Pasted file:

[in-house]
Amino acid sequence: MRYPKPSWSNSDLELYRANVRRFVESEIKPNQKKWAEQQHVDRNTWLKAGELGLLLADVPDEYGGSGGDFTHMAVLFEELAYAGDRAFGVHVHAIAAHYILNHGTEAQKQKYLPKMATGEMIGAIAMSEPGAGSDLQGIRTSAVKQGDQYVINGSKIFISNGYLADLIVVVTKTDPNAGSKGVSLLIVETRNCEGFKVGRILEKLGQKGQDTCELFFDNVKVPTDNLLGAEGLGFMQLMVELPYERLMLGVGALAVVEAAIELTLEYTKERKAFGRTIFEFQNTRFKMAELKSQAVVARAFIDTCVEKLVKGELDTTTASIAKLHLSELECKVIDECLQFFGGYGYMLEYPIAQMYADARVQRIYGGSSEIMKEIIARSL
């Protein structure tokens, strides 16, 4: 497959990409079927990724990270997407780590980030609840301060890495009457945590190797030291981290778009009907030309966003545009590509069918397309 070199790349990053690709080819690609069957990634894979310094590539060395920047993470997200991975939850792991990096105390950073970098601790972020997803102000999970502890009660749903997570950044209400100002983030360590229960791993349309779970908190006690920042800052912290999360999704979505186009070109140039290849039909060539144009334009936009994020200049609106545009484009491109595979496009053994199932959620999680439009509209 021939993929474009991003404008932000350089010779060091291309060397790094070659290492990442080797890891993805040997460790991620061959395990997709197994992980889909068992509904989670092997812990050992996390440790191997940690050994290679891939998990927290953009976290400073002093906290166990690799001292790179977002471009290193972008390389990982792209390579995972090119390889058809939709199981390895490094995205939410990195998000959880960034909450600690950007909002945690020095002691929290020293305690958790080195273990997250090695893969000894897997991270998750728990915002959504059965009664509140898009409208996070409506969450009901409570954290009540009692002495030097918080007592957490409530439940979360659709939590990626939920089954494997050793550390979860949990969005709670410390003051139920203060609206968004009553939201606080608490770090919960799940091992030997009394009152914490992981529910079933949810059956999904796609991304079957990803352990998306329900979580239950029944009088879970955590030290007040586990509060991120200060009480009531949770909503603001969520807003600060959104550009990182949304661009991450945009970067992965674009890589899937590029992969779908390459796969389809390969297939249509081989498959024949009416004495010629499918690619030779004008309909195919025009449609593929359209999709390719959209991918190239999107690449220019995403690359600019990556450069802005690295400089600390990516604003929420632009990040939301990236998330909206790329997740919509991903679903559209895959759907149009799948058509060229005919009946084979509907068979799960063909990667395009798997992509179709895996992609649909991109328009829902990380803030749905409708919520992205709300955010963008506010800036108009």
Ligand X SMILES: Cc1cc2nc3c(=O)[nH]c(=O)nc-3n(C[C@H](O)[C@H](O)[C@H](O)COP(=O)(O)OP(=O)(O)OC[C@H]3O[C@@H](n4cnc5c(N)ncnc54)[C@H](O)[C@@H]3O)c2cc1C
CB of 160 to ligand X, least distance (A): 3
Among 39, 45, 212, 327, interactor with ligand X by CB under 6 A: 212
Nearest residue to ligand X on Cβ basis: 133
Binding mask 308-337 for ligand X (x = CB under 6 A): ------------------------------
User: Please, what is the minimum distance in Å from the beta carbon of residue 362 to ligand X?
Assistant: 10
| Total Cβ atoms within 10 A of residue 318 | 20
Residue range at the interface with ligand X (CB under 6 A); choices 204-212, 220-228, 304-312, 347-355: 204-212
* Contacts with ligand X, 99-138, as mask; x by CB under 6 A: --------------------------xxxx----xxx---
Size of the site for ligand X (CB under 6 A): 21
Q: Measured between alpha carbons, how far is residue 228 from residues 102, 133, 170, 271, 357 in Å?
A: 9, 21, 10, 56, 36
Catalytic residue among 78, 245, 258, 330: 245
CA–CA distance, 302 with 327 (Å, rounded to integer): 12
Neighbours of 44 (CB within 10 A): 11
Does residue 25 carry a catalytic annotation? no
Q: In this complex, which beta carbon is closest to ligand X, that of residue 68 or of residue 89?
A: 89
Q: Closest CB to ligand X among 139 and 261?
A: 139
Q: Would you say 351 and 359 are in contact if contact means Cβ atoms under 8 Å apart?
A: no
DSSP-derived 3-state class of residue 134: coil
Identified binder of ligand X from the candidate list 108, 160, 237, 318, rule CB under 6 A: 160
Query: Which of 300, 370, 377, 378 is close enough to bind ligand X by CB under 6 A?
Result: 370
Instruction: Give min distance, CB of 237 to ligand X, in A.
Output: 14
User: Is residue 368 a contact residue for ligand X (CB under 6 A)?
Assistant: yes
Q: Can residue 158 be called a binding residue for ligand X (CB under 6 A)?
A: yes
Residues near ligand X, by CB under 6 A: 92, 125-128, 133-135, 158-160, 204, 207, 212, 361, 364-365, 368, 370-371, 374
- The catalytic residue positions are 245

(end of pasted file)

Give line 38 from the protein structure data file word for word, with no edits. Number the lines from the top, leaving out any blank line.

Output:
- The catalytic residue positions are 245